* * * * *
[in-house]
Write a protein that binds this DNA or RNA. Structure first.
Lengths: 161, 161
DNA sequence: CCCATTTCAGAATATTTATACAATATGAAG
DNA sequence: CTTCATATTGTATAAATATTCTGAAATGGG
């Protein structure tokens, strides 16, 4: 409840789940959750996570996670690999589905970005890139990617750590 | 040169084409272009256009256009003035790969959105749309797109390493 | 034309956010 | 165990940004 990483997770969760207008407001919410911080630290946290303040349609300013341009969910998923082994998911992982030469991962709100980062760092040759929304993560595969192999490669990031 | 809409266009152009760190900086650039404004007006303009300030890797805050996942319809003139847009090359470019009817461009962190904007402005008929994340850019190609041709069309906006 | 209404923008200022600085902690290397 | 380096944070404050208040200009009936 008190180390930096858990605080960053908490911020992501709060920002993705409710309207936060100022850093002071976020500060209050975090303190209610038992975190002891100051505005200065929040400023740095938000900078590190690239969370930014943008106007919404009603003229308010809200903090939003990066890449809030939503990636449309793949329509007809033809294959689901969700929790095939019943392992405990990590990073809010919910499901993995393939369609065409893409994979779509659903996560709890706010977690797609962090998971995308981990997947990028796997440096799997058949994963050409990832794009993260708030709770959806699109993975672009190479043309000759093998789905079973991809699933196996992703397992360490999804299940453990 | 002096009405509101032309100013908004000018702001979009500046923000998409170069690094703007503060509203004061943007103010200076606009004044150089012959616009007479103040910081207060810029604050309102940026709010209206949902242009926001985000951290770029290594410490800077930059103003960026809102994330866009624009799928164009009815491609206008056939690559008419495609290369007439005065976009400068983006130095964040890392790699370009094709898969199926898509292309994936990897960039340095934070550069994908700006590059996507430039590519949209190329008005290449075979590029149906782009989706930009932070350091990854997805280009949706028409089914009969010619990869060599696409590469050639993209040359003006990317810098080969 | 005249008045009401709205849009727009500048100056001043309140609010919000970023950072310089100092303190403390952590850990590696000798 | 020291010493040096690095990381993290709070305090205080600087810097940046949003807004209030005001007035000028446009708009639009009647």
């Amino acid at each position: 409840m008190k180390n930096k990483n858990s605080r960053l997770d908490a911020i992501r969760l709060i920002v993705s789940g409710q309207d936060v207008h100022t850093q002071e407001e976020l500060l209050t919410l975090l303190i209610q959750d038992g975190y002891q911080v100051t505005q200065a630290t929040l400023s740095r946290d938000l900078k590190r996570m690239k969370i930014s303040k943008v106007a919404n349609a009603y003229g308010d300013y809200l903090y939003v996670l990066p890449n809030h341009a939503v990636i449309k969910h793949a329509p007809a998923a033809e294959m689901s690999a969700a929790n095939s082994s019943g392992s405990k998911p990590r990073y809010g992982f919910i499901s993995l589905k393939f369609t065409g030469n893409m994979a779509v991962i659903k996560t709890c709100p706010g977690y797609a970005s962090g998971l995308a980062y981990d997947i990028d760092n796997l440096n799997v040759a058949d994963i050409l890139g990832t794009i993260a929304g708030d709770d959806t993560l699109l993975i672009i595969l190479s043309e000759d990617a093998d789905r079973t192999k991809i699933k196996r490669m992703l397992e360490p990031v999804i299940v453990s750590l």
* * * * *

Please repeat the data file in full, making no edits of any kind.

[in-house]
Write a protein that binds this DNA or RNA. Structure first.
Lengths: 161, 161
DNA sequence: CCCATTTCAGAATATTTATACAATATGAAG
DNA sequence: CTTCATATTGTATAAATATTCTGAAATGGG
């Protein structure tokens, strides 16, 4: 409840789940959750996570996670690999589905970005890139990617750590 | 040169084409272009256009256009003035790969959105749309797109390493 | 034309956010 | 165990940004 990483997770969760207008407001919410911080630290946290303040349609300013341009969910998923082994998911992982030469991962709100980062760092040759929304993560595969192999490669990031 | 809409266009152009760190900086650039404004007006303009300030890797805050996942319809003139847009090359470019009817461009962190904007402005008929994340850019190609041709069309906006 | 209404923008200022600085902690290397 | 380096944070404050208040200009009936 008190180390930096858990605080960053908490911020992501709060920002993705409710309207936060100022850093002071976020500060209050975090303190209610038992975190002891100051505005200065929040400023740095938000900078590190690239969370930014943008106007919404009603003229308010809200903090939003990066890449809030939503990636449309793949329509007809033809294959689901969700929790095939019943392992405990990590990073809010919910499901993995393939369609065409893409994979779509659903996560709890706010977690797609962090998971995308981990997947990028796997440096799997058949994963050409990832794009993260708030709770959806699109993975672009190479043309000759093998789905079973991809699933196996992703397992360490999804299940453990 | 002096009405509101032309100013908004000018702001979009500046923000998409170069690094703007503060509203004061943007103010200076606009004044150089012959616009007479103040910081207060810029604050309102940026709010209206949902242009926001985000951290770029290594410490800077930059103003960026809102994330866009624009799928164009009815491609206008056939690559008419495609290369007439005065976009400068983006130095964040890392790699370009094709898969199926898509292309994936990897960039340095934070550069994908700006590059996507430039590519949209190329008005290449075979590029149906782009989706930009932070350091990854997805280009949706028409089914009969010619990869060599696409590469050639993209040359003006990317810098080969 | 005249008045009401709205849009727009500048100056001043309140609010919000970023950072310089100092303190403390952590850990590696000798 | 020291010493040096690095990381993290709070305090205080600087810097940046949003807004209030005001007035000028446009708009639009009647």
């Amino acid at each position: 409840m008190k180390n930096k990483n858990s605080r960053l997770d908490a911020i992501r969760l709060i920002v993705s789940g409710q309207d936060v207008h100022t850093q002071e407001e976020l500060l209050t919410l975090l303190i209610q959750d038992g975190y002891q911080v100051t505005q200065a630290t929040l400023s740095r946290d938000l900078k590190r996570m690239k969370i930014s303040k943008v106007a919404n349609a009603y003229g308010d300013y809200l903090y939003v996670l990066p890449n809030h341009a939503v990636i449309k969910h793949a329509p007809a998923a033809e294959m689901s690999a969700a929790n095939s082994s019943g392992s405990k998911p990590r990073y809010g992982f919910i499901s993995l589905k393939f369609t065409g030469n893409m994979a779509v991962i659903k996560t709890c709100p706010g977690y797609a970005s962090g998971l995308a980062y981990d997947i990028d760092n796997l440096n799997v040759a058949d994963i050409l890139g990832t794009i993260a929304g708030d709770d959806t993560l699109l993975i672009i595969l190479s043309e000759d990617a093998d789905r079973t192999k991809i699933k196996r490669m992703l397992e360490p990031v999804i299940v453990s750590l």